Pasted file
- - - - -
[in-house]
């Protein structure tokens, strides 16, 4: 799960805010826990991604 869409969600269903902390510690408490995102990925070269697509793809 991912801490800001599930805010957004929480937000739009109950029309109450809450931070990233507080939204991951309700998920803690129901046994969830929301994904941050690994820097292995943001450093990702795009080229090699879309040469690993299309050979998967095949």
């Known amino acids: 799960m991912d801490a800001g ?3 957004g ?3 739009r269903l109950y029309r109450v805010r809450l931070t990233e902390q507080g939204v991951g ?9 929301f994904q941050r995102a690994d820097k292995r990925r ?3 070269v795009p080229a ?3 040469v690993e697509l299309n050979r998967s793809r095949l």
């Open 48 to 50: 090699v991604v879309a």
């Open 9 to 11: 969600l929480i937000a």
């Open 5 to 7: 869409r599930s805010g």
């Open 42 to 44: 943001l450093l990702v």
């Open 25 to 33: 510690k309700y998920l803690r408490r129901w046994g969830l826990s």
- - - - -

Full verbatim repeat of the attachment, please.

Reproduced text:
[in-house]
């Protein structure tokens, strides 16, 4: 799960805010826990991604 869409969600269903902390510690408490995102990925070269697509793809 991912801490800001599930805010957004929480937000739009109950029309109450809450931070990233507080939204991951309700998920803690129901046994969830929301994904941050690994820097292995943001450093990702795009080229090699879309040469690993299309050979998967095949």
């Known amino acids: 799960m991912d801490a800001g ?3 957004g ?3 739009r269903l109950y029309r109450v805010r809450l931070t990233e902390q507080g939204v991951g ?9 929301f994904q941050r995102a690994d820097k292995r990925r ?3 070269v795009p080229a ?3 040469v690993e697509l299309n050979r998967s793809r095949l």
């Open 48 to 50: 090699v991604v879309a």
């Open 9 to 11: 969600l929480i937000a």
């Open 5 to 7: 869409r599930s805010g």
């Open 42 to 44: 943001l450093l990702v």
């Open 25 to 33: 510690k309700y998920l803690r408490r129901w046994g969830l826990s």